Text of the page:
Cities in Six—St. John’s, Newfoundland

Visual, Virtual, Visiting---Six Photos at a Time

St John’s, the capital of Newfoundland and Labrador, is Canada’s easternmost city.  The city is on the Avalon Peninsula in southeast Newfoundland, facing the Atlantic Ocean.

The site of seasonal fishing camps centuries ago, the large protected harbour made St John’s an attractive location for a major trading centre.  St John’s was established as a permanent community around 400 years ago.  I visited St John’s during my first trip to Newfoundland, on a surprisingly sunny weekend in May 2006.

Signal hill.  The stately Cabot Tower on Signal Hill was built in 1897 to commemorate the 400th anniversary of explorer John Cabot’s arrival in Newfoundland.  It was here that Guglielmo Marconi received the first transatlantic wire transmission in 1901.  The aptly-named hill is a National Historic Site.

St John’s Harbour.  The city sprawls along one side of the deep, protected harbour.  St John’s is a major east-coast port and enjoys increasing cruise ship visits.   This view is from Signal Hill.

The Narrows.  The entrance from the Atlantic to St John’s Harbour is through The Narrows, only 61 metres wide at its narrowest point.  The  steep stone bluffs provide the harbour with good defense from wind—and invaders

The Battery.  This neighbourhood of St John’s clings to the side of Signal Hill, just inside the harbour entrance.   Many of its traditional fishing sheds have been converted to colourful homes.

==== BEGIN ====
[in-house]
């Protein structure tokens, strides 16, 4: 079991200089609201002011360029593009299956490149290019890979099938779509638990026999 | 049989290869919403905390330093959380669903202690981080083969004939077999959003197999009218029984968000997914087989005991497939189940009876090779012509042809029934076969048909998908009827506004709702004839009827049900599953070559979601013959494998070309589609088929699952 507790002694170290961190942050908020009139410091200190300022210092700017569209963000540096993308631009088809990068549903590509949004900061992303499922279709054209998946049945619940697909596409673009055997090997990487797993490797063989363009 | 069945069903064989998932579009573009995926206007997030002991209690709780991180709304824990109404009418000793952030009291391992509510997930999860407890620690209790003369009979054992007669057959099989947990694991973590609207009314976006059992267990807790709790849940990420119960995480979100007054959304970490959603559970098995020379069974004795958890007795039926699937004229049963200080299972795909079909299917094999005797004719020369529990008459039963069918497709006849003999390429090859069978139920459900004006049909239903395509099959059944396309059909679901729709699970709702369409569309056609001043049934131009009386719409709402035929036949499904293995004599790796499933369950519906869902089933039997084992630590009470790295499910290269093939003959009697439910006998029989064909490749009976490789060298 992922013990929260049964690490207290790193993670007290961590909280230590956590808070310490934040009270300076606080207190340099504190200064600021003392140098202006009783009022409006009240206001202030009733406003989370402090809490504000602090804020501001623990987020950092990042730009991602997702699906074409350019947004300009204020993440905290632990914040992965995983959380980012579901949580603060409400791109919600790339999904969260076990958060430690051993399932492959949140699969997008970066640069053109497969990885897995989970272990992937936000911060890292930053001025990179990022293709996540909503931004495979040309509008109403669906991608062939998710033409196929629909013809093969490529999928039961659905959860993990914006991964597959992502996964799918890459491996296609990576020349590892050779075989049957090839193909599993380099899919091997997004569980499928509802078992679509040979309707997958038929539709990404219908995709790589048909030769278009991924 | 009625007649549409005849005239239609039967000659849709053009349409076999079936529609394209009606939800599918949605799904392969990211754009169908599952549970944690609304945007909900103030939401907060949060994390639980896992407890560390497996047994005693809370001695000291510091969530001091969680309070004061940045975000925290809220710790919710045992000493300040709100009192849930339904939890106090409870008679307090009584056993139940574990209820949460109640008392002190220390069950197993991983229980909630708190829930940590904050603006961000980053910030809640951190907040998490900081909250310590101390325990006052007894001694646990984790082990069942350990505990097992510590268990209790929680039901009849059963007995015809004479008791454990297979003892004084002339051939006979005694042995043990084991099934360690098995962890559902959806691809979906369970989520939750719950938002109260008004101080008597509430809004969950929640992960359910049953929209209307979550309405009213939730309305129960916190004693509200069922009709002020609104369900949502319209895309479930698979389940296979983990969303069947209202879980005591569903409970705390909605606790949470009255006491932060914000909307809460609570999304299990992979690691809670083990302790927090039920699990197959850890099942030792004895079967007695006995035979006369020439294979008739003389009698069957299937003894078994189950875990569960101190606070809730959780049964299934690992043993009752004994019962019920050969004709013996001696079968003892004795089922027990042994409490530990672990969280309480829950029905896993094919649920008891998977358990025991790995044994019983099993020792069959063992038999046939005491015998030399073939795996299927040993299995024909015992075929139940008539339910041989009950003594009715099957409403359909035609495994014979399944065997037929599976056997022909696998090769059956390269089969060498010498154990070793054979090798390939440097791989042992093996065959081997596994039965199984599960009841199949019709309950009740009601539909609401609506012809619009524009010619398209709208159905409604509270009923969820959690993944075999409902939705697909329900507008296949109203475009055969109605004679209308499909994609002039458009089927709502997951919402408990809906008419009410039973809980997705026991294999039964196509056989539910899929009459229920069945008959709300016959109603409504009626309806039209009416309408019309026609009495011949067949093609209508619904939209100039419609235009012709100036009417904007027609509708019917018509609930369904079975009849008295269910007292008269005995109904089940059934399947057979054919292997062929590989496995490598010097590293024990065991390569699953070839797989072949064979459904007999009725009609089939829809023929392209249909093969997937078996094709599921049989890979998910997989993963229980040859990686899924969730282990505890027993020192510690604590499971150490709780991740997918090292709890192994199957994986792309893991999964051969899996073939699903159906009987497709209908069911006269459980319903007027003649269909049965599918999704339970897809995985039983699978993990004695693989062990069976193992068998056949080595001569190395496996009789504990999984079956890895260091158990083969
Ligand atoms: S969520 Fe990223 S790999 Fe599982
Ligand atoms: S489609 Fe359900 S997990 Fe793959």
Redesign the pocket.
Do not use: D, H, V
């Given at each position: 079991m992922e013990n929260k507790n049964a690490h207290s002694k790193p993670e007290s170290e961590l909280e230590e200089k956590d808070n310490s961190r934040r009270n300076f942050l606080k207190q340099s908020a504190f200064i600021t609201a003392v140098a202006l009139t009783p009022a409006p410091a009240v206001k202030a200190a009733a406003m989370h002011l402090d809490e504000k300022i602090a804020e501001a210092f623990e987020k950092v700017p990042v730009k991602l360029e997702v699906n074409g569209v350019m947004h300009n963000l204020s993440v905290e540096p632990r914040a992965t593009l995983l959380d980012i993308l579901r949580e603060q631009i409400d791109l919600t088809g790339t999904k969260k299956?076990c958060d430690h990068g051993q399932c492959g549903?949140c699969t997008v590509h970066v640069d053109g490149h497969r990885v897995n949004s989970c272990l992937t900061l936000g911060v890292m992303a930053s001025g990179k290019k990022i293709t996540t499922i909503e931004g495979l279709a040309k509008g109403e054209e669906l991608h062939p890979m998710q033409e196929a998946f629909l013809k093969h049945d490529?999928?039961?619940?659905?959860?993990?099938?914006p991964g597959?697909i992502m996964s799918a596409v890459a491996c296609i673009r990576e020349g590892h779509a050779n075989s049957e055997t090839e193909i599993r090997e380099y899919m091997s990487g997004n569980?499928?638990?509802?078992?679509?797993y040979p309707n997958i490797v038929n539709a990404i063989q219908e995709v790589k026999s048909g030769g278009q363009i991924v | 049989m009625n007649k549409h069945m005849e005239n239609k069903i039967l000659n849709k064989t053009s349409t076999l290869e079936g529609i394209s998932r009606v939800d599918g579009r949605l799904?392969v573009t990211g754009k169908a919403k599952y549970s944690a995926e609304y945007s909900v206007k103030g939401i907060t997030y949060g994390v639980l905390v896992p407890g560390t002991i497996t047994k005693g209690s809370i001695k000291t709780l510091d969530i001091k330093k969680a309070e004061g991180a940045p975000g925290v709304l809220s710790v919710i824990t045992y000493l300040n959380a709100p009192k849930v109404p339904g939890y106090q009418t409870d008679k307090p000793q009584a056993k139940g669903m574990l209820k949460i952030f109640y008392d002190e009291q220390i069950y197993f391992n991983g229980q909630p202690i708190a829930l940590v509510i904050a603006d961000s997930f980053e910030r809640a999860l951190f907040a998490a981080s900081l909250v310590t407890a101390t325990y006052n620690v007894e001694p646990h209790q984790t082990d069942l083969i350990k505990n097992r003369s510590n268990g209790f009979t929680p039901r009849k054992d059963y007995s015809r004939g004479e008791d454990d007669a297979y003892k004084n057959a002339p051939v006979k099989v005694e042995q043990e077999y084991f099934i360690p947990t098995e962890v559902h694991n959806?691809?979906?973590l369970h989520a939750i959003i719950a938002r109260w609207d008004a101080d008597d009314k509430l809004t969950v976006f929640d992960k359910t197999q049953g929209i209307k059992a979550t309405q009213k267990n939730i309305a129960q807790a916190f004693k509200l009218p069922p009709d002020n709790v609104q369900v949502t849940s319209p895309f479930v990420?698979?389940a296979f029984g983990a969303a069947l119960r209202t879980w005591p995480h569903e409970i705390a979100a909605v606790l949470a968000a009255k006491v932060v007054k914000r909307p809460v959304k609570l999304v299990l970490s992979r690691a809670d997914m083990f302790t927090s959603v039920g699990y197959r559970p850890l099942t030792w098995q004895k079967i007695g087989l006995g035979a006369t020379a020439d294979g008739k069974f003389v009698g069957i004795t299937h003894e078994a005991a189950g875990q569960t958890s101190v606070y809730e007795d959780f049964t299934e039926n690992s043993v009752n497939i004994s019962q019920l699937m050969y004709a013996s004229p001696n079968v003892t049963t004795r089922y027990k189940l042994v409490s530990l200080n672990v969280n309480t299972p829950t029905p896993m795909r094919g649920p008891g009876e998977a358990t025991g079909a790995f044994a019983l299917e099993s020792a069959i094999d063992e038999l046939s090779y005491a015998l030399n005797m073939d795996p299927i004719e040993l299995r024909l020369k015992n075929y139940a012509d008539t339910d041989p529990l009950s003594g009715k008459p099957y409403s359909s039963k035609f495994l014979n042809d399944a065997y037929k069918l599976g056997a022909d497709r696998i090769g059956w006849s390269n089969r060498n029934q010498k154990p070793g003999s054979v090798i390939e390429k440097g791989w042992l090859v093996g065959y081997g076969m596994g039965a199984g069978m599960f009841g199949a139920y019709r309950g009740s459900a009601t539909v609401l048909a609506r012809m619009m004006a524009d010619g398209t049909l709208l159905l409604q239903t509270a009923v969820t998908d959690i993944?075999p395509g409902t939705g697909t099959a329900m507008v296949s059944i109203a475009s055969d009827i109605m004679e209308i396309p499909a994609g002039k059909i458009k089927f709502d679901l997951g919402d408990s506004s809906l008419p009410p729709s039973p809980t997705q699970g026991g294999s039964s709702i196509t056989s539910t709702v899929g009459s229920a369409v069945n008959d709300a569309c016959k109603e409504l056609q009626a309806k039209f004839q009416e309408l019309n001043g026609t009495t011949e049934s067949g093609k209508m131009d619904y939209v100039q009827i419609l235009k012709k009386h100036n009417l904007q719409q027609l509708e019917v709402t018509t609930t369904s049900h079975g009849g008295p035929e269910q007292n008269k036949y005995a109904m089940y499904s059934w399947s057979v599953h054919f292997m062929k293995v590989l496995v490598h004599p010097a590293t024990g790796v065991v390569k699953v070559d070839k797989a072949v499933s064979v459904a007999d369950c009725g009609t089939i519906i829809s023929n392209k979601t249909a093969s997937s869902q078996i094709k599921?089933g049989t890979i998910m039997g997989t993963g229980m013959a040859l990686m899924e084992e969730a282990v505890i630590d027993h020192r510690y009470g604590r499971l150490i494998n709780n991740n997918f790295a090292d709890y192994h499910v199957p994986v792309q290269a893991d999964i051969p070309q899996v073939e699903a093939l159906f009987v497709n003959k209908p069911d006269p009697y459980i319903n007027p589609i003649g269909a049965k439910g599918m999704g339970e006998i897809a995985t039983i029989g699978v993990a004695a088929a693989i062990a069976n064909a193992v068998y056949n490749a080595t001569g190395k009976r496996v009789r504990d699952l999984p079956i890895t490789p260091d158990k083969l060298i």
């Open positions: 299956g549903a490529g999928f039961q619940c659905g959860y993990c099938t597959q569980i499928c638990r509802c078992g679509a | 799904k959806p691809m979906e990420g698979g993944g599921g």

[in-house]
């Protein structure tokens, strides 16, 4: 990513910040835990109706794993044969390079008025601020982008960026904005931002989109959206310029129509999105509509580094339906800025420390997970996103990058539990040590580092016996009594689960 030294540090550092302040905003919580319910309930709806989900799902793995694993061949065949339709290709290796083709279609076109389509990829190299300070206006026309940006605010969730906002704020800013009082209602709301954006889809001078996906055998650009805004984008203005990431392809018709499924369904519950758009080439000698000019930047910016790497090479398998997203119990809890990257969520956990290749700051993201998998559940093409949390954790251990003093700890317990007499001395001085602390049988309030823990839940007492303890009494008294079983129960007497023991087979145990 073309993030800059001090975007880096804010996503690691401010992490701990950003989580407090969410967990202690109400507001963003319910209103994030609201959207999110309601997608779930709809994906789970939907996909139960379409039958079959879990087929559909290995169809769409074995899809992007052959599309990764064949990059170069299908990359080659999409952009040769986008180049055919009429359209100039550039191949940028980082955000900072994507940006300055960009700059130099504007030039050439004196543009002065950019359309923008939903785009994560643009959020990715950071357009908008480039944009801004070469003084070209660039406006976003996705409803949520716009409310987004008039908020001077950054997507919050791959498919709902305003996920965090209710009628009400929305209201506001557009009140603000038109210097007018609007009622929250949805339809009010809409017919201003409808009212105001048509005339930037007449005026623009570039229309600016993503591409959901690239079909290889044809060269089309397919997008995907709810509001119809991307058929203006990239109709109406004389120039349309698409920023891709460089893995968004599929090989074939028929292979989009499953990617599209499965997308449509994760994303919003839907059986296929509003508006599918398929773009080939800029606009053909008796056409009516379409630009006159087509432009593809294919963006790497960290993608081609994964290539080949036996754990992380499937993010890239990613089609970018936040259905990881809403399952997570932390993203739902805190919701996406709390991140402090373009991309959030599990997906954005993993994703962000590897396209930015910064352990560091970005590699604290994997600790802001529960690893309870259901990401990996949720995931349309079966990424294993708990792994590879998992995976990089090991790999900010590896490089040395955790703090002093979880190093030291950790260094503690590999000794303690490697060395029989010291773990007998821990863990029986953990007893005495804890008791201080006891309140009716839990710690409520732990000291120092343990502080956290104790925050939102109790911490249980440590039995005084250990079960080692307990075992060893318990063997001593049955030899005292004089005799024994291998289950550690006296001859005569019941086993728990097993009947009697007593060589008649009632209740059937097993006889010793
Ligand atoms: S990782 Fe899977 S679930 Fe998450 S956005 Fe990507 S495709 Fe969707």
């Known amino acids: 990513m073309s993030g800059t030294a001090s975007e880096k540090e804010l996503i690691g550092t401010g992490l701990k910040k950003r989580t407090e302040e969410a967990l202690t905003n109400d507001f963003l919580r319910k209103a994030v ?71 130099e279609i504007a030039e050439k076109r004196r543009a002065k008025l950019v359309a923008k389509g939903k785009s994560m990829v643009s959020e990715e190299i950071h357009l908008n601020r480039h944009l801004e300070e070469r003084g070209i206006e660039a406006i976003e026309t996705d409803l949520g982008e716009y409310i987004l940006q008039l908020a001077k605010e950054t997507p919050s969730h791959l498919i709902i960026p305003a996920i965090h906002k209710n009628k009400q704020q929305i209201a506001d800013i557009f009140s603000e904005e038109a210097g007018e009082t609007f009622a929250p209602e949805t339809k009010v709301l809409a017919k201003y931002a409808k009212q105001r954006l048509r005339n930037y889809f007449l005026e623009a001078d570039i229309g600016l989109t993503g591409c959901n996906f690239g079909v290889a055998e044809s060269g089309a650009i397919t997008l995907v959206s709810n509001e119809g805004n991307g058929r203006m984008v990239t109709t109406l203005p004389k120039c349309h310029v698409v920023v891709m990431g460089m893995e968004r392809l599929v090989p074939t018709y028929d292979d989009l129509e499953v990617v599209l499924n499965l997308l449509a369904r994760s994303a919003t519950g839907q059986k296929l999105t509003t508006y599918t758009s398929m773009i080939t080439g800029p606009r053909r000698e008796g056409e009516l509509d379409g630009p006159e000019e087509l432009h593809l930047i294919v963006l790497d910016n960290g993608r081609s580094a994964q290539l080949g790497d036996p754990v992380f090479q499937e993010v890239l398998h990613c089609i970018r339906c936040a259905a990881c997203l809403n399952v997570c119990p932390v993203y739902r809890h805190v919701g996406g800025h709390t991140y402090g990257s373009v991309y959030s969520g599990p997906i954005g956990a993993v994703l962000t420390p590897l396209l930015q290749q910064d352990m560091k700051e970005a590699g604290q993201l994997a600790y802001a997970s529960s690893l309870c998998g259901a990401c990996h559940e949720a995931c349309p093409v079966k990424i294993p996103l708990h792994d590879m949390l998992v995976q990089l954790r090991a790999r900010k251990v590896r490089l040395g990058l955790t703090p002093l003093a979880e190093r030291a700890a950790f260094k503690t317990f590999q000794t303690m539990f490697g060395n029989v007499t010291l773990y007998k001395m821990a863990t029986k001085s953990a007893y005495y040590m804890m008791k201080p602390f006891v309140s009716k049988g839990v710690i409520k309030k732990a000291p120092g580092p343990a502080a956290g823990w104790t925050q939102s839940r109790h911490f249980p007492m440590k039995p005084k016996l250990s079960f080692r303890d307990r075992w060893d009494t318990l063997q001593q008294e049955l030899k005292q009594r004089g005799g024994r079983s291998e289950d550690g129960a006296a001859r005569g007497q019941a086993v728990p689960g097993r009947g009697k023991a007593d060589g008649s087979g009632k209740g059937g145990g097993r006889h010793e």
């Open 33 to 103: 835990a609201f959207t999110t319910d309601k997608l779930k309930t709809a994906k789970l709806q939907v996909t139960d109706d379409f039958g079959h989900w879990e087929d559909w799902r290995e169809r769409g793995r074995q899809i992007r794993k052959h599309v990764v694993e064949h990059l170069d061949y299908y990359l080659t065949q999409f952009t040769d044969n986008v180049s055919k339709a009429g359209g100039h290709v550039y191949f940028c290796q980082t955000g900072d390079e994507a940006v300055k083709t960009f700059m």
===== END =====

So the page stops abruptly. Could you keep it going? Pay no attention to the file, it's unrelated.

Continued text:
Twin towers.  Even when the city is socked in with its world-famous fog, two landmarks rise above the horizon.  On the left, the red-roofed cultural centre and museum “The Rooms”, which opened in 2005.  On the right, the Basilica of St John the Baptist, completed in 1855.  This basilica is the second-largest church in Canada.

Eating like a local.  There are many fine eateries near the harbour area, and their menus include an array of seafood and traditional Newfoundland fare like Jiggs Dinner.  But up the hill (not far from The Rooms) is Ches’s Famous Fish & Chips, and that’s where many of the locals go.

Travel note:  St John’s is accessible by direct flights from many major Canadian cities (at least as far west as Edmonton.)  St John’s International Airport is 10km from the downtown area, a quick taxi-ride away.  By road you can reach St John’s by taking one of two ferry routes from Sydney NS.